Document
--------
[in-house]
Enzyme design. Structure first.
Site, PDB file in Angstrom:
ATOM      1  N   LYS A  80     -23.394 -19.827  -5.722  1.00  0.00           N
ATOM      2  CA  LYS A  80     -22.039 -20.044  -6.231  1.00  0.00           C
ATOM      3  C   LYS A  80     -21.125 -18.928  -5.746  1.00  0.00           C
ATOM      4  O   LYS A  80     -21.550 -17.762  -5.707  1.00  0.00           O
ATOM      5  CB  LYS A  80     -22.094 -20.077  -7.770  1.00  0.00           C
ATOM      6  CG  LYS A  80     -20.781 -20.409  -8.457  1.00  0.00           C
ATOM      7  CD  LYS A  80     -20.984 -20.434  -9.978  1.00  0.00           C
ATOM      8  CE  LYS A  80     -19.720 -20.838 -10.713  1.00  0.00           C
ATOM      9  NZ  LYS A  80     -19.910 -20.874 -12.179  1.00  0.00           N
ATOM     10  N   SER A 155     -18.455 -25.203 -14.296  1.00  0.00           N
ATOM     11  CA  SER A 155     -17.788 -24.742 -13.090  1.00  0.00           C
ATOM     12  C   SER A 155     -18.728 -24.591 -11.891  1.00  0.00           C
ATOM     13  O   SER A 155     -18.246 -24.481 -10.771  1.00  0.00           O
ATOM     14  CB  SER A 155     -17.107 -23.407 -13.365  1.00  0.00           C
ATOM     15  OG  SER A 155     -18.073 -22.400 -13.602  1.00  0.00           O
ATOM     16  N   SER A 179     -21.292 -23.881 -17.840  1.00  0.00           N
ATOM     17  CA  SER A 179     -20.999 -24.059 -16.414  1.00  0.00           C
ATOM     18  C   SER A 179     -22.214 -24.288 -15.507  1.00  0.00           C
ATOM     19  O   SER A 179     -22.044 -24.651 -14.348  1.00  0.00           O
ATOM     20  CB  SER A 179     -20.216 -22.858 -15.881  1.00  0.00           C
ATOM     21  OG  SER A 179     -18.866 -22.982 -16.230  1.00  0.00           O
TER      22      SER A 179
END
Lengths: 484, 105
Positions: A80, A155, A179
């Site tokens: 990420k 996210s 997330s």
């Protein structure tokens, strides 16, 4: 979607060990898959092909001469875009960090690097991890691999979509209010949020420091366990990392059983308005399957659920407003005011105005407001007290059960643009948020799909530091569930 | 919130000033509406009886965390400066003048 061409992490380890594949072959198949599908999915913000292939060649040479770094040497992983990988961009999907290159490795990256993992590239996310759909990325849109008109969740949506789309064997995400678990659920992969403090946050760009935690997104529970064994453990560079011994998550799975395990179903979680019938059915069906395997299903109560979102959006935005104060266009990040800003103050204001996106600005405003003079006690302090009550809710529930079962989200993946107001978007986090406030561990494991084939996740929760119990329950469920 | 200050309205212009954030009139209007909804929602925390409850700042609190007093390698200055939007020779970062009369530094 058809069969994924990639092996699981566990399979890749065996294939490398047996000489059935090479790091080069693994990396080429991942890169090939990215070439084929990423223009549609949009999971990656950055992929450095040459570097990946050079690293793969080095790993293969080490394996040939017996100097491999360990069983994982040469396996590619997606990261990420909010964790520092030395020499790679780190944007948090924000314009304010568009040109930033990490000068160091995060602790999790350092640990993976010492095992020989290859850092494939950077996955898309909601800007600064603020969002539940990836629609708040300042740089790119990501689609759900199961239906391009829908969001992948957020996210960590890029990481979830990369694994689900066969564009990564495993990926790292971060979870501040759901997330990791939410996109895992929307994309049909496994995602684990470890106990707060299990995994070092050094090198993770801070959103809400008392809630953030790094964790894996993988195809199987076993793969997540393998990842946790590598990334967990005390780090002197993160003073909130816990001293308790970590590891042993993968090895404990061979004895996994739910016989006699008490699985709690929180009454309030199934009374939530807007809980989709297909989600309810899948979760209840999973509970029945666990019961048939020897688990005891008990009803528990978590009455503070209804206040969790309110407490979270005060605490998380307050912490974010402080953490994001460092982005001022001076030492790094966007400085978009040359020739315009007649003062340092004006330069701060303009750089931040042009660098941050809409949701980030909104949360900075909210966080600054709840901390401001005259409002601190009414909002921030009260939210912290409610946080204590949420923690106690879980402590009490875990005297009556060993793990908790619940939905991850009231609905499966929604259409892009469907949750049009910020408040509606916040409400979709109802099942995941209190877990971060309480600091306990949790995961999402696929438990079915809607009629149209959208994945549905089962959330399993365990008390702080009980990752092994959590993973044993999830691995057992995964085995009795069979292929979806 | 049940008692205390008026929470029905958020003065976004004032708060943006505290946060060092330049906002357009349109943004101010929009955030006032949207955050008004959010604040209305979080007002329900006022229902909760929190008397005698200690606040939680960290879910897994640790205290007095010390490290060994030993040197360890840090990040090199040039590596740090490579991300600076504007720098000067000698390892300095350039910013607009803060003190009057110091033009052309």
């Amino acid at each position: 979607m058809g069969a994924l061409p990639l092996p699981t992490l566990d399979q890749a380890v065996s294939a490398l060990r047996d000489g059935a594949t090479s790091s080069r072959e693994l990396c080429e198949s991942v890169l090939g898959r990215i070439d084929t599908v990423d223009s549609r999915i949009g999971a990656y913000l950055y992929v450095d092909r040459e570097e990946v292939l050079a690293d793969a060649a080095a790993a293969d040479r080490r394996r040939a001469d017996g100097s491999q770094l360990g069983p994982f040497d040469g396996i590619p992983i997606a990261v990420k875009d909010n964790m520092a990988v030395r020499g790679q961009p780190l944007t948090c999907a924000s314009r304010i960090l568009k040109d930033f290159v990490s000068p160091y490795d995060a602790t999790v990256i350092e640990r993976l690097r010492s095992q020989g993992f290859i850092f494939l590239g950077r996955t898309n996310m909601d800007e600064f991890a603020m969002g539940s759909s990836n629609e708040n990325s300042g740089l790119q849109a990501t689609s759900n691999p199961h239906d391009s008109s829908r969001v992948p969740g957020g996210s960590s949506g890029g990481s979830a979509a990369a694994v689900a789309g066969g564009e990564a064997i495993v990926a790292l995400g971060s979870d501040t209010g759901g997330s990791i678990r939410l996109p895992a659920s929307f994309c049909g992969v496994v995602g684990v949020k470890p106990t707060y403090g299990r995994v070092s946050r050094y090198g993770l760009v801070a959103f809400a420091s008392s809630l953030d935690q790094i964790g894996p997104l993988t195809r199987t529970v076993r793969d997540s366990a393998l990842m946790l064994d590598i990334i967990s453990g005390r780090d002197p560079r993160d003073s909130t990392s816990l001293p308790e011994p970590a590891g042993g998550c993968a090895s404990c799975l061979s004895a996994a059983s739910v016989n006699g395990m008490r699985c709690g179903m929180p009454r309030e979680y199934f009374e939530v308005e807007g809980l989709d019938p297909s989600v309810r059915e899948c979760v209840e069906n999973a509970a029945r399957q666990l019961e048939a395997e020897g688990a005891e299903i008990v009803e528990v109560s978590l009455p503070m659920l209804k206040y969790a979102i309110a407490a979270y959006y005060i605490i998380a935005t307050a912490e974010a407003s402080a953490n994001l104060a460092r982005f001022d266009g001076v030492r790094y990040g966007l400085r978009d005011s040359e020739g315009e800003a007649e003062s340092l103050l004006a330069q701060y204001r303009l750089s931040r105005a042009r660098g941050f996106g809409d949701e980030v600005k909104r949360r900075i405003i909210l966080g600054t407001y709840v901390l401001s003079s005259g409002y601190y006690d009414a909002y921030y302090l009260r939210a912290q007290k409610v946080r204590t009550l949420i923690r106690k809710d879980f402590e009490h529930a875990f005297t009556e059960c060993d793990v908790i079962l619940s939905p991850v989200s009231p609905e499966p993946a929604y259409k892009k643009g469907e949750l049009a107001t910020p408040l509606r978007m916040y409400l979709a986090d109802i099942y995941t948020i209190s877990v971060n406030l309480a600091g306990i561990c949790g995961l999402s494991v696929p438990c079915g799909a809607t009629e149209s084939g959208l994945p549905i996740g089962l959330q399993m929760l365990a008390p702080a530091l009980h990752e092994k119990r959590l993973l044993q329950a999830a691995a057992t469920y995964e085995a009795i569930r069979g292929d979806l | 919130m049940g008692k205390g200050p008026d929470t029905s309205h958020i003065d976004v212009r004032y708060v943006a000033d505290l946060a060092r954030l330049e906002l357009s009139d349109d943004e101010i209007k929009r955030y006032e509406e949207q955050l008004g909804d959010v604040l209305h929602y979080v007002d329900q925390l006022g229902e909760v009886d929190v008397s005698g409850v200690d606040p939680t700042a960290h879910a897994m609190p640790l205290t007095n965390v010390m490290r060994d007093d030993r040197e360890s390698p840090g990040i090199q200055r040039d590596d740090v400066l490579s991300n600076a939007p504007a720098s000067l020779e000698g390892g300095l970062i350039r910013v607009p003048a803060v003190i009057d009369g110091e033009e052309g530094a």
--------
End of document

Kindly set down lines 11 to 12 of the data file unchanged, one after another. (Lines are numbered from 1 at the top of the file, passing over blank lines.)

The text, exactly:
ATOM      8  CE  LYS A  80     -19.720 -20.838 -10.713  1.00  0.00           C
ATOM      9  NZ  LYS A  80     -19.910 -20.874 -12.179  1.00  0.00           N